Confession time: I’ve spent my life quitting jobs and avoiding full-time employment.
In fact, since my first job 35 years ago, I’ve never been employed full-time for more than a few weeks.
I’ve enjoyed many jobs for short periods of time, but I actually hate traditional employment.
You might secretly feel the same. You might say “I hate my job” whenever you have to go to work. You may suspect you’ll hate any future replacements.
But you still have to pay bills, so what can you do?
What Should You Do If You Hate Your Job?
Assuming you want to avoid living in poverty as a strategy (although it worked for me for a while), here are some other options for what to do when you hate your job.
Reduce Your Fixed Expenses
If you live on less, you can cut your hours or replace your full-time job with a part-time one.
Alternately, you could save enough money to allow you to simply quit jobs more often — either for a break or to look for better ones.
Stop spending money on gadgets, meals out and other discretionary expenses. But cutting back in these areas might not make a big enough dent in your budget, since you have to pay rent, car payments and other big expenses regularly.
So first, look for ways to reduce large fixed expenses.
Develop New Income Sources
If your ultimate goal is to never need a job again, you have to develop other sources of income.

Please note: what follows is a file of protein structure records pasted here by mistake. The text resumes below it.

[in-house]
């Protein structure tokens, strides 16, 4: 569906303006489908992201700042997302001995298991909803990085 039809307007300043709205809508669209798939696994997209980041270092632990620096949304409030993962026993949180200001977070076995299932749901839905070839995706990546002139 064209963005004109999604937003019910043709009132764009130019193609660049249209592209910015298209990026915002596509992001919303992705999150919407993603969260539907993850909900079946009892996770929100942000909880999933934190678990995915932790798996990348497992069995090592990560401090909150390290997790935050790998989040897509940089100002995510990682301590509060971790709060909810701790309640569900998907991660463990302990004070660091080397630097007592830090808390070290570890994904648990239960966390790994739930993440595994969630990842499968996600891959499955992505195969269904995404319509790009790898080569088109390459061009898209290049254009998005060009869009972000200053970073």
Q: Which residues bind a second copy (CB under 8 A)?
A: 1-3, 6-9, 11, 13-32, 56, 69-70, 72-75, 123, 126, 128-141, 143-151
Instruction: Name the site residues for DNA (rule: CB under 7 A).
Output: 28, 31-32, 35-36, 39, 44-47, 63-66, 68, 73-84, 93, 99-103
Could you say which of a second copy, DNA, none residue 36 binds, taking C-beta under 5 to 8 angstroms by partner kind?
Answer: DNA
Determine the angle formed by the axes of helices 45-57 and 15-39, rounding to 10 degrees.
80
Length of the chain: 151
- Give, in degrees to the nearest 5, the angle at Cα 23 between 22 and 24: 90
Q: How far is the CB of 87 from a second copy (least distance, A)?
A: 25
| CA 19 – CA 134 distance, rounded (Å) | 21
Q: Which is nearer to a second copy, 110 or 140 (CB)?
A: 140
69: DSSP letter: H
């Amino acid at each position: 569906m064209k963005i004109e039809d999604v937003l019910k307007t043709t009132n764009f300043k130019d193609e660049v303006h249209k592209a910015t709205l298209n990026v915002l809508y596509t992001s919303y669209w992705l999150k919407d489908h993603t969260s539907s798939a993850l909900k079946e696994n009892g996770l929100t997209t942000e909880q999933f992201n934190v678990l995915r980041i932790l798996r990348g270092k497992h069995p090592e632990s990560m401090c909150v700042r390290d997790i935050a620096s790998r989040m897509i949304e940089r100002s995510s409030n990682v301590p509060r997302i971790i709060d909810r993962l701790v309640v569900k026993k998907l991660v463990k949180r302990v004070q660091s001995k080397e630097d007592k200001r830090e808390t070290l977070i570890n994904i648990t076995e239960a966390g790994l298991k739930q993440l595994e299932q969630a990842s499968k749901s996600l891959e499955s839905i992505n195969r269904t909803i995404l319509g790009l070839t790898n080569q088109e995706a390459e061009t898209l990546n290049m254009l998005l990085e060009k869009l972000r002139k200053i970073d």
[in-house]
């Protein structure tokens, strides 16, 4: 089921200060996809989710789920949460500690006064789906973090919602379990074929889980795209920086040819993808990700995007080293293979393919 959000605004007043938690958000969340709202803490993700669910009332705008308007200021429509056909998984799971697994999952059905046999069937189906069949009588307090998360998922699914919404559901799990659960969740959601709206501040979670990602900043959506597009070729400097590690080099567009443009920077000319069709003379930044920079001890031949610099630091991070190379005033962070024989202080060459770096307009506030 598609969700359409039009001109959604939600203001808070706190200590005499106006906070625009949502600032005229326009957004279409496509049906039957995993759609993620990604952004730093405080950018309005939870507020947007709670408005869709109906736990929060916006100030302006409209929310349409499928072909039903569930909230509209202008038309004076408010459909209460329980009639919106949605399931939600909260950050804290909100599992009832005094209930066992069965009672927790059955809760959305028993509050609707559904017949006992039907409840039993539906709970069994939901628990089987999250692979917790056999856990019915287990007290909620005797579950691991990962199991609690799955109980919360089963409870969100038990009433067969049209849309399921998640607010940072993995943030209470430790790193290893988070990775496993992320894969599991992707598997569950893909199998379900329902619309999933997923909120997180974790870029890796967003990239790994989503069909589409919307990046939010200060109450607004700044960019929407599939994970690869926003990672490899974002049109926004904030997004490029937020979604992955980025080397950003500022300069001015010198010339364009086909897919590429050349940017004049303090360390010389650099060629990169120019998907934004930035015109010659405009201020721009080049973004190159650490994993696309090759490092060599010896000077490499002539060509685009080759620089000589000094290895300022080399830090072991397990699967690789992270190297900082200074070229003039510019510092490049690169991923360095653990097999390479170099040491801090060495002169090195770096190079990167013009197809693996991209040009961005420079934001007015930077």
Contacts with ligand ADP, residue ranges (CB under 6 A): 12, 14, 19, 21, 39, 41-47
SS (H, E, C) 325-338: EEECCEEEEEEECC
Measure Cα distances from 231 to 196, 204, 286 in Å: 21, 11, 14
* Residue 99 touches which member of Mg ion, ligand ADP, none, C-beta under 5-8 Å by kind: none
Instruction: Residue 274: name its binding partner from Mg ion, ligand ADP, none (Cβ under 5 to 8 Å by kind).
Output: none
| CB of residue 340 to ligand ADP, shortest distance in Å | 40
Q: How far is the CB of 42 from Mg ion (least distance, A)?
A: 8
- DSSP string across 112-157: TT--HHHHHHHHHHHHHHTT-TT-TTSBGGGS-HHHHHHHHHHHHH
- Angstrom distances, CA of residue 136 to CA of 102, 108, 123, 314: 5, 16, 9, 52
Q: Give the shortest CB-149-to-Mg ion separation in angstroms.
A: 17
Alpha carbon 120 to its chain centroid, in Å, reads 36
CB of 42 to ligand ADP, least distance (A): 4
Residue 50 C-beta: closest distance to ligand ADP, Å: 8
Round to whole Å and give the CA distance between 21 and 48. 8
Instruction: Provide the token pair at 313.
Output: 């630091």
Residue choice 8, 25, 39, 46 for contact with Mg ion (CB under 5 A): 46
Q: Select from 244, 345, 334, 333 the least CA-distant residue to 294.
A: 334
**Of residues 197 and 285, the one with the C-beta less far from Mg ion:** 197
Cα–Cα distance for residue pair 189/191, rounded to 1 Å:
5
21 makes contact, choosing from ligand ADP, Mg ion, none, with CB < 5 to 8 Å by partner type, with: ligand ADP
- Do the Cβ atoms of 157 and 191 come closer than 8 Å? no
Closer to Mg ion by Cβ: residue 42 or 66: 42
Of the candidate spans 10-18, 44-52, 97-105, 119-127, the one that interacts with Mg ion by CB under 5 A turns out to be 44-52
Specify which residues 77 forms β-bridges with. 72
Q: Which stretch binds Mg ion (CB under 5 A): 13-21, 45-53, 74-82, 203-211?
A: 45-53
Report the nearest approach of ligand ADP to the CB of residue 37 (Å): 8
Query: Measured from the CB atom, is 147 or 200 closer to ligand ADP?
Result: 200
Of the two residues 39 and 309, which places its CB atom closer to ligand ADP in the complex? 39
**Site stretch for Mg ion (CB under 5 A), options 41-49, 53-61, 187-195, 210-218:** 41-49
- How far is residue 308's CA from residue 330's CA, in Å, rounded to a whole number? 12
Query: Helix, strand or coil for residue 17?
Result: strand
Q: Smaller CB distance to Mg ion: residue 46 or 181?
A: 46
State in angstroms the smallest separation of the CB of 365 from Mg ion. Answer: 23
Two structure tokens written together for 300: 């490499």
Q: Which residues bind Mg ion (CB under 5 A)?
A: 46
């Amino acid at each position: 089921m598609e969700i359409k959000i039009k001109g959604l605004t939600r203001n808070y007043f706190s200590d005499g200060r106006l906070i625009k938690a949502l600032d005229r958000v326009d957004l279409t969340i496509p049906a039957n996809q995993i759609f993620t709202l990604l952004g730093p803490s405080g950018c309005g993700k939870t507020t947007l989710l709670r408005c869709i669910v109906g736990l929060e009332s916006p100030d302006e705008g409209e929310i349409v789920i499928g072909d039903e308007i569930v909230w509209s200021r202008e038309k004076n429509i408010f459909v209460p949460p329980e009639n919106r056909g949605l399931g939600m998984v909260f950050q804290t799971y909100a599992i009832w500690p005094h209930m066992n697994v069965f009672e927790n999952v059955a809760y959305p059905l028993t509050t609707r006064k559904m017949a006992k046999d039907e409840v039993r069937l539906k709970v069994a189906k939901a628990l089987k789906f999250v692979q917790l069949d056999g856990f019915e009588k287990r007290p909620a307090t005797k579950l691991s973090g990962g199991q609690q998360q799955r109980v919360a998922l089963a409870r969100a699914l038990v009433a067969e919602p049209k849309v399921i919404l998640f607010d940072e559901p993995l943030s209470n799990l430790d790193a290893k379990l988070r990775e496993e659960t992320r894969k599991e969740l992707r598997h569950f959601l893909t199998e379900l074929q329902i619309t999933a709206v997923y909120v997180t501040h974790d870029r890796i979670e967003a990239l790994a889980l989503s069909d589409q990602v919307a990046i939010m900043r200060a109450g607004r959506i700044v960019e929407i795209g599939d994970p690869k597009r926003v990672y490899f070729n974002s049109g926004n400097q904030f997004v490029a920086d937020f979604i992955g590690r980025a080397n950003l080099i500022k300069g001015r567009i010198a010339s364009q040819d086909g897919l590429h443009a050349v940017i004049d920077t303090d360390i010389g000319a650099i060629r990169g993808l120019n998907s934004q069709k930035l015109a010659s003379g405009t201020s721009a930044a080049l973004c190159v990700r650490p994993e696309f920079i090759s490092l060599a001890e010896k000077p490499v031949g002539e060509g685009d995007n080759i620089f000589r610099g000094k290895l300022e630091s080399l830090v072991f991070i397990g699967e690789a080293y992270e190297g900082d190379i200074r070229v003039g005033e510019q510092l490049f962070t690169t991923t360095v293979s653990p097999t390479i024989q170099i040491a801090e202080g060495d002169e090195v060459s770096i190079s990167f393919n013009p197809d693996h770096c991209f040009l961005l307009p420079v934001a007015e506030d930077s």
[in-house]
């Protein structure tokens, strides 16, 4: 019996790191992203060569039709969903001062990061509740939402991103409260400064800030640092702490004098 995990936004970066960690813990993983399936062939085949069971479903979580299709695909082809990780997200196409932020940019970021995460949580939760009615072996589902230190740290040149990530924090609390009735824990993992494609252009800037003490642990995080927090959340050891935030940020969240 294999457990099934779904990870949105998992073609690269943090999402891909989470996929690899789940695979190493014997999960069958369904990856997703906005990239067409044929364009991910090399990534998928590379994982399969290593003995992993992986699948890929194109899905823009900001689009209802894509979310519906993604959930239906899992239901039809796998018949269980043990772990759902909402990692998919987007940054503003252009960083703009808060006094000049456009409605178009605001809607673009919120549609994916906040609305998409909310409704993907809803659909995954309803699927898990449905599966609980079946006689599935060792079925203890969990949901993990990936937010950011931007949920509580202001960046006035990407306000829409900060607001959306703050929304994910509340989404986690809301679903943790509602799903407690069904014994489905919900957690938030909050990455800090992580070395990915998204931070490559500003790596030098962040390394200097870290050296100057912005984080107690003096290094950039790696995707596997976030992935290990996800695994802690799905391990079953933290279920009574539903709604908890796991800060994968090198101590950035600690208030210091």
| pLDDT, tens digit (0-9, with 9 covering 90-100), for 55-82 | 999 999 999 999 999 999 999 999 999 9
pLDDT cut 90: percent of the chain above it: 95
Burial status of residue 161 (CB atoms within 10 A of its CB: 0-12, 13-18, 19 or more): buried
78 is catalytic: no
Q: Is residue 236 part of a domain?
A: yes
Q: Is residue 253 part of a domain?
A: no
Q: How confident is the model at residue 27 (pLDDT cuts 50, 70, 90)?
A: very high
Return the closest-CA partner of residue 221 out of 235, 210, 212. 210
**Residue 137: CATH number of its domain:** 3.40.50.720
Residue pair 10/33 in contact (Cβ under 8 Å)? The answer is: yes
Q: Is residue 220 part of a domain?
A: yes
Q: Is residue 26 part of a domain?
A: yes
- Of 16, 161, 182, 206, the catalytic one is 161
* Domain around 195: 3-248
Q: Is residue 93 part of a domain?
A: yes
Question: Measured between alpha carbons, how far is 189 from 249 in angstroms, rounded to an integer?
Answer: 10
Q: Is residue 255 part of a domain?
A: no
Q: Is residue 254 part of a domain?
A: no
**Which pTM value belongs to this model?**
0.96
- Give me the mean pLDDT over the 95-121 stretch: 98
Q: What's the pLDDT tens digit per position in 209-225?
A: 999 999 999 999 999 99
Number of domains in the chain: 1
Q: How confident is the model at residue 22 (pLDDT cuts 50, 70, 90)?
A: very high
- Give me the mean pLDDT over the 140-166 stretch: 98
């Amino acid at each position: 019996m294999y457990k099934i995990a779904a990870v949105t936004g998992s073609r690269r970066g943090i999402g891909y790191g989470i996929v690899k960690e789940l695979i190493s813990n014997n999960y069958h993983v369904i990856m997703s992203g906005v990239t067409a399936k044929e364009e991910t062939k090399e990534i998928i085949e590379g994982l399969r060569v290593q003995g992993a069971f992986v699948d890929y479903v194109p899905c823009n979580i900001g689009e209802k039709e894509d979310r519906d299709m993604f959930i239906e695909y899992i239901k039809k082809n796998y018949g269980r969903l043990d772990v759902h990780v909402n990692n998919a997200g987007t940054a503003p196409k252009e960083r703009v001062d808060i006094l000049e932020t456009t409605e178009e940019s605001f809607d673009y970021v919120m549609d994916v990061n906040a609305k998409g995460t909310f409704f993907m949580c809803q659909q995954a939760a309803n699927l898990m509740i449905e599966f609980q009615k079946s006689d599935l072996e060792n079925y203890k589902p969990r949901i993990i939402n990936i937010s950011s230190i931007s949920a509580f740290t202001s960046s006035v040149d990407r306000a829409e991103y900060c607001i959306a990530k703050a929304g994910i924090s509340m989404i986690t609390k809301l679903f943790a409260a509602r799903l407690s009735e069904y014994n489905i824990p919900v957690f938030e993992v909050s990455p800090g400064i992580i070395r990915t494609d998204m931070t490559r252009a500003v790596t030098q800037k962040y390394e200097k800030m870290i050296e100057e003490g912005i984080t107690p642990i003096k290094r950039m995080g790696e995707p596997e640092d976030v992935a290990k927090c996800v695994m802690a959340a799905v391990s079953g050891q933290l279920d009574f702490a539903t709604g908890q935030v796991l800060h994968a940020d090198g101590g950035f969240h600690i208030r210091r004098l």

Here are some basic categories of non-employment income:
Start your own business
Try to diversify how you make money. For example, my dozen income sources one year included freelance writing, income from websites, hard money loan interest and more than $3,000 from credit card and bank sign-up bonuses.
Room rentals paid off my first mortgage, so I cut back to one or two weekly work days, living largely off rental income.
Your ultimate goal is to develop enough income to completely replace your paycheck. But if you cut expenses and generate even some non-employment income, you can work less or change how you use your jobs to make them more tolerable.
Work Only Part-Time Jobs
Once you develop enough extra income, you’ll have the freedom to work only two or three days per week.
If it’s not possible with your current employer, find a different part-time job.
Or just quit and take a break, which leads to your next option.
Make All Jobs Temporary
I’ve never considered a job as more than a temporary assignment — a way to make enough money to quit and take some time off before the next assignment.
This approach makes jobs much more tolerable.
To be safe, wait until you have enough money coming in from other income sources, so the paycheck from any job will cover the rest of your living expenses.
You can also sign up at a temporary job agency. Some offer “day labor” positions that are low-pay, but you can take them as needed.
Others offer placement in potentially permanent positions, but you can always quit when you’ve had enough.
Live Well on Less
If you learn and use strategies to live like you’re rich on a small budget, you have many of the above options available — even if you only develop a little non-job income.
Get Rich Quick and Quit Forever
If you commit yourself to getting rich early in life — and succeed — you can quit work. Just invest your money and live on the returns.
If that appeals to you, look over some real-life examples of the fastest ways to make $1 million, or check out this story of a couple who retired in their 30s to live off their investments.
Steve Gillman is the author of “101 Weird Ways to Make Money” and creator of EveryWayToMakeMoney.com. He’s been a repo man, walking stick carver, search engine evaluator, house flipper, tram driver, process server, mock juror and roulette croupier, but of more than 100 ways he has made money, writing is his favorite (so far).